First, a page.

All SAS Honors Program students are required to complete at minimum one Honors Colloquium. Students who enter the SASHP as first-year students are required to complete a second Honors Colloquium, or an approved alternate: Byrne Seminar, FIGS Peer Instructor, or a credit-bearing study abroad program/course.
The goal of the Honors Colloquium is to stimulate intellectual curiosity and discussion as well as provide students with an interdisciplinary approach to learning. Through discussions, lectures, film screenings, and museum visits, students will explore topics of social, scientific, and philosophical significance.
- 01:090:111 | Fall Semester
- 01:090:112 | Spring Semester
GRAPHIC: The Vietnam War, Migration, and Memory
This Fall 2018, the SAS Honors Program will build our mission course around our Honors summer reading, Thi Bui’s graphic memoir The Best We Could Do (2017). Bui’s epic memoir explores the history of the Vietnam war, her family’s daring escape after the fall of South Vietnam in 1975, and the challenges they faced creating a new life as immigrants in America. Bui narrates her family’s story of displacement against the backdrop of her own journey into motherhood. Key themes regarding the impact of war on daily life and personal identity, the meaning of home, and the enduring strength of family will provide us with much to analyze, contemplate, and discuss. Bui’s narrative technique, which combines a compelling interplay of words and graphic images, will challenge us to consider the powerful role of images in graphic fiction and non-fiction.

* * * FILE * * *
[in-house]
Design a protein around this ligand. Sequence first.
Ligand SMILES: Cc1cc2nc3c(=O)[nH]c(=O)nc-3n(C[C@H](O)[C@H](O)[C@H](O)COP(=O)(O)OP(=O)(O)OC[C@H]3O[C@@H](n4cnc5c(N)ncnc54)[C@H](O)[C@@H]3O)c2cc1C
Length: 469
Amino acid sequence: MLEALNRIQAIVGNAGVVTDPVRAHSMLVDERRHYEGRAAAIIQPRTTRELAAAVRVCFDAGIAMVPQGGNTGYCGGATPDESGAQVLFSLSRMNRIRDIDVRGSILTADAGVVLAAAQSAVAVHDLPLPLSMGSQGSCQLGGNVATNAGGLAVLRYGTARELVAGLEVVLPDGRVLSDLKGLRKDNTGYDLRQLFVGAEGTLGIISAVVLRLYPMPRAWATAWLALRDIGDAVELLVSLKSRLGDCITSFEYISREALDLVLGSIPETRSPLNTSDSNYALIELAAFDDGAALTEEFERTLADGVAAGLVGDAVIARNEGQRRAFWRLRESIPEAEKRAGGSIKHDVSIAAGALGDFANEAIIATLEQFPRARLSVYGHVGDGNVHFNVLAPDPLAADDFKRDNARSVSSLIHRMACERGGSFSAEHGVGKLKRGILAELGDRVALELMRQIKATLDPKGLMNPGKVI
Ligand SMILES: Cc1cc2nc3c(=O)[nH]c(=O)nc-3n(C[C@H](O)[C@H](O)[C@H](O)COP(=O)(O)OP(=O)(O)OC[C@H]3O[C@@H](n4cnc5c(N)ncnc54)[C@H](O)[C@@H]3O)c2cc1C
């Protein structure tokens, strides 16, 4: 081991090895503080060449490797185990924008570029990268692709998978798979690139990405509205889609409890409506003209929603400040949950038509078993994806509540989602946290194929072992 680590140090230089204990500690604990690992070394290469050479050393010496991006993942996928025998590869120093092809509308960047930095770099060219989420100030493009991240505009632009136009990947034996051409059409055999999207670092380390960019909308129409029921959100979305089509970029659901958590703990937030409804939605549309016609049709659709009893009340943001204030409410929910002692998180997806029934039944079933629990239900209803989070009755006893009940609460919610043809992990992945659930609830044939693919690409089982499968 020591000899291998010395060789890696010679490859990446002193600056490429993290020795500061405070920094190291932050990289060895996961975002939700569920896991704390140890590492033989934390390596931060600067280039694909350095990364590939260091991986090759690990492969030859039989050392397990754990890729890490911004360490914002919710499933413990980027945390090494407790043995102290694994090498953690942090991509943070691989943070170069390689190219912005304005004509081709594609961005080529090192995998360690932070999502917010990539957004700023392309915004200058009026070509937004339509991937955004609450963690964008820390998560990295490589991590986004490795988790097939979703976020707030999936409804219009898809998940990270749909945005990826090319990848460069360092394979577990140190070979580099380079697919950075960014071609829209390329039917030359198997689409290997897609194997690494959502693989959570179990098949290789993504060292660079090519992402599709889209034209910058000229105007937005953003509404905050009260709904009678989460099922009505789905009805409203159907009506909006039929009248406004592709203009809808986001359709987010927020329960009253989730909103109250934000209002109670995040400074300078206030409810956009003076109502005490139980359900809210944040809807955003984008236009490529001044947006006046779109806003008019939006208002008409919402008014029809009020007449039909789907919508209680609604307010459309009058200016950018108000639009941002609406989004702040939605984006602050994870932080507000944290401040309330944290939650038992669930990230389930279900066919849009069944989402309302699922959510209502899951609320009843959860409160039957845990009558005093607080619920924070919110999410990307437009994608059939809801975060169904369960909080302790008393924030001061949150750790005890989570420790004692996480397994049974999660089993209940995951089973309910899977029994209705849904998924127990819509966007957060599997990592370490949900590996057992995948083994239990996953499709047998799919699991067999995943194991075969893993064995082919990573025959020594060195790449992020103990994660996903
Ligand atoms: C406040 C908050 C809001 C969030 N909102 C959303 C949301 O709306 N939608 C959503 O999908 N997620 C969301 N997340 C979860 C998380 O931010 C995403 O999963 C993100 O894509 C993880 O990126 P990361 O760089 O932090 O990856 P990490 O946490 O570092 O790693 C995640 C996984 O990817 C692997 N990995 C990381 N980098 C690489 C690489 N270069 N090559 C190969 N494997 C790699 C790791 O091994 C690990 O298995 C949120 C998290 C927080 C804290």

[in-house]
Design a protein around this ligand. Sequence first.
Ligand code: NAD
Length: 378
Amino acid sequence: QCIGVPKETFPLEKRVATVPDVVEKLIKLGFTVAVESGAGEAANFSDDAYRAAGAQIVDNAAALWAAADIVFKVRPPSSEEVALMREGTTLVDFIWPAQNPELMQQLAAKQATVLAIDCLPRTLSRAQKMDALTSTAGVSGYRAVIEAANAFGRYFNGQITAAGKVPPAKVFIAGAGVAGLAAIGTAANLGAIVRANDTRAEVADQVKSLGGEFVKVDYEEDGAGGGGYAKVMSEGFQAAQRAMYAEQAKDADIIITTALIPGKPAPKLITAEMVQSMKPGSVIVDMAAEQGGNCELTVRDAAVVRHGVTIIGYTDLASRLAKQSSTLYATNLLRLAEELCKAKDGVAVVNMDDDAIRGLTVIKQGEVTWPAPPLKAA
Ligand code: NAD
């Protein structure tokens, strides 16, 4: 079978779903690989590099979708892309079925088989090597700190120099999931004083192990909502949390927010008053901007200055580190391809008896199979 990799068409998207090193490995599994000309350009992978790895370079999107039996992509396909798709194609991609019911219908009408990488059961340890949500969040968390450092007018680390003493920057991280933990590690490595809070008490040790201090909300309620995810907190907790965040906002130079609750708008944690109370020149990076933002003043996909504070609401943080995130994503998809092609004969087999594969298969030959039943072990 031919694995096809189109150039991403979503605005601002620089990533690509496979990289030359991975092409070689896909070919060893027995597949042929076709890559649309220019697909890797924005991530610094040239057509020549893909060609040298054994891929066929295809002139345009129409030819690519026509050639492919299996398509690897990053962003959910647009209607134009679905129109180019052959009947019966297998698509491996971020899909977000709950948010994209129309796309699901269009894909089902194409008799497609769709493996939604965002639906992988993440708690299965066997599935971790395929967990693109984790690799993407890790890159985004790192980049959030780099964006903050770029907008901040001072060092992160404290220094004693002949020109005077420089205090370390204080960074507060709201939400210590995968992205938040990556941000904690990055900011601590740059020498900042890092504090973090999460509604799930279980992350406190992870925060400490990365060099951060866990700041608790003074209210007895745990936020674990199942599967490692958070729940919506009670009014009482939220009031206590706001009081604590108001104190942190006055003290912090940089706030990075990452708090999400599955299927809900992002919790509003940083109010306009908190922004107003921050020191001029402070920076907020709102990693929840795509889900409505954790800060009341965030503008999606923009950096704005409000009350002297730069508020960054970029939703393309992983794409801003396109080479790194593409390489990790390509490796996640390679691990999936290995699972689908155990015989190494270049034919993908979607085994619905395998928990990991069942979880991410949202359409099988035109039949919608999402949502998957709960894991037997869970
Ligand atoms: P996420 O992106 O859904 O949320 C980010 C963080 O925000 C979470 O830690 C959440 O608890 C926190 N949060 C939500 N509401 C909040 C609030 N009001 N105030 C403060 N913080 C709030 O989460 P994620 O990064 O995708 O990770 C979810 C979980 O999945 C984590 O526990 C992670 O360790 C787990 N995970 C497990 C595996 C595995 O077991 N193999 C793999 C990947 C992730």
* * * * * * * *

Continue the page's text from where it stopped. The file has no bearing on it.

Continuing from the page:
Thi Bui herself will provide the first lecture for our course at the Summer Reading Celebration and Induction Ceremony, open to all incoming Honors Program students, on Friday, August 31 at the College Avenue Student Center. https://www.thibui.com
01:090:224:H2 Politics and Migration in 1980s American Cinema
Tuesdays (double period) 1:10-4:10PM (5 course meetings)
Honors College, Room S-126
Dean Julio Nazario
The course will explore the themes of Politics, Revolution and Migration in Central America in American films made in the 1980s against the backdrop of revolutions in Central America. We will screen films such as Salvador (1986) directed by Oliver Stone, Romero (1989) directed by John Duigan, El Norte (1984) directed By Gregory Nava and Latino (1985) directed by Haskell Wexler to understand how the issues of politics, revolution and migration are interpreted and presented through American cinema.
We will consider the following questions: What question(s) and/or issues does the film raise? What is the narrative conveying about the social, cultural and historical events? How and what does the narrative convey about the geographic location of the main story line? What does the central narrative convey about the individuals caught in the particular historical period?
Students in this special topics Honors Colloquium will also be required to attend two "outside events" connected to the theme of the course.
01:090:224:H1 The Great Short Reads
Wednesday 4:30-5:50 PM during select days
35 College Ave, Third Floor
Professor Paul Blaney
Do you love reading fiction? Enroll in this one-credit Pass/No Credit course and join fellow students reading great short novels under the guidance of SAS Honors Program Writer-in-Residence, Paul Blaney.